Bovine Diseases and Resources

Cattle are important to society for many reasons. They are a source of meat, milk and other dairy products, as well as leather and other by-products. Cattle can digest forages that cannot be digested by humans converting it into a high-protein food source for human consumption. Cattle are grazed in regions where crops cannot be easily grown. Cattle provide employment and food security to many of the world's poorest people. The manure from cattle is a valuable soil additive. For some, such as nomadic Masai, cattle are the most important and valuable thing they own. Thirty percent of the world's cattle live in India where they are considered a sacred animal. In 2009, 293 million head of cattle were slaughtered worldwide. In the United States, cattle and calf production in 2010 was valued at $37 billion. The diseases listed here are some of most important transboundary animal diseases that affect cattle. Some of these are zoonotic.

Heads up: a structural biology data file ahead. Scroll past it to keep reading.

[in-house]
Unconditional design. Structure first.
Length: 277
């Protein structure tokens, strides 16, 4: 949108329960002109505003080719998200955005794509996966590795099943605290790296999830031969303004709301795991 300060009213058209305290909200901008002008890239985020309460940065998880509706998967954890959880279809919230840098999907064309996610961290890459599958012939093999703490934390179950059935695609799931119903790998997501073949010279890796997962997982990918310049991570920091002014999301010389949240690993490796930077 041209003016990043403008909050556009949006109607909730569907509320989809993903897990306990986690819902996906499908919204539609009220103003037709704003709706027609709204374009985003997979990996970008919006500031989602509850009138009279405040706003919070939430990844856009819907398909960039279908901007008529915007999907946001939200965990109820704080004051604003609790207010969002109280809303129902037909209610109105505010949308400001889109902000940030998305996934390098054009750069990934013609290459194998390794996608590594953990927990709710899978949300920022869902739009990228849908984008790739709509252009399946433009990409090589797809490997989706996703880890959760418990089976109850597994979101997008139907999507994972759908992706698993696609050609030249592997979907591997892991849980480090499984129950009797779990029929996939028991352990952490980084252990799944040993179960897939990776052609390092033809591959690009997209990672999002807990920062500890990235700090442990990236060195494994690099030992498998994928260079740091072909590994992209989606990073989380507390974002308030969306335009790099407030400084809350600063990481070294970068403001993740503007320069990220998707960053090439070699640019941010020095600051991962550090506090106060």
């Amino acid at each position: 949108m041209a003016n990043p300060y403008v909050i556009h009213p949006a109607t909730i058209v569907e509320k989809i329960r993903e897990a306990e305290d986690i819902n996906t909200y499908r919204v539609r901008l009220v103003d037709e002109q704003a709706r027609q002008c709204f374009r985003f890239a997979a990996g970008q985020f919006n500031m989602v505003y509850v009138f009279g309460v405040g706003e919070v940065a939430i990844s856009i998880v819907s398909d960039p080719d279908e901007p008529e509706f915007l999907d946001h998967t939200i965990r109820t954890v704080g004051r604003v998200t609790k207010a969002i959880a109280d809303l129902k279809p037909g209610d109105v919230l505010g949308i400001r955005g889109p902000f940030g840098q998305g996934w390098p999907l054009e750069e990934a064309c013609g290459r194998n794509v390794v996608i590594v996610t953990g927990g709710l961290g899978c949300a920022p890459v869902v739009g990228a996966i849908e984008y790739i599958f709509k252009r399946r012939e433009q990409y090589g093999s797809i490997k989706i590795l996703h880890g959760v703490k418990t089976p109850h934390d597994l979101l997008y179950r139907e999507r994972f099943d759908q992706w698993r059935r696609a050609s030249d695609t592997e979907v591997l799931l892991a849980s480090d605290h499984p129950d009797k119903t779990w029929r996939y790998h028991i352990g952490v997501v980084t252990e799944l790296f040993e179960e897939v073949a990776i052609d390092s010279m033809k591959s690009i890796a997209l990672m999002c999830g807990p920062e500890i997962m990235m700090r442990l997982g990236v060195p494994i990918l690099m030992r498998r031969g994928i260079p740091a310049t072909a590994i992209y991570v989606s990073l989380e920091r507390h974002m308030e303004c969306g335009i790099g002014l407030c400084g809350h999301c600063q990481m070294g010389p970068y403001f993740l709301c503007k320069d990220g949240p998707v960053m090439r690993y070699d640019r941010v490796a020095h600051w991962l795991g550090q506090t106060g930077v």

Bovine Diseases

Acariasis
Aino Disease
Akabane
Amblyomma hebraeum
Amblyomma variegatum
Anthrax
Aujeszky’s Disease
Bluetongue
Boophilus annulatus
Boophilus microplus
Botulism
Bovine Babesiosis
Bovine Ephemeral Fever
Bovine Spongiform Encephalopathy
Bovine Tuberculosis
Brucella abortus
Brucella melitensis
Brucellosis
Campylobacteriosis
Chlamydiosis (Mammalian)
Coccidioidomycosis
Contagious Bovine Pleuropneumonia
Crimean-Congo Hemorrhagic Fever
Cryptococcosis
Cryptosporidiosis
Dermatophilosis

see all 66 diseases »

Cows in a meadow.

Resources and Diseases by Species

Aquatic Animals Bovine
Canine Cervids
Equine Feline
Humans Non-Poultry Birds
Pocket Pets Poultry
Small Ruminants Swine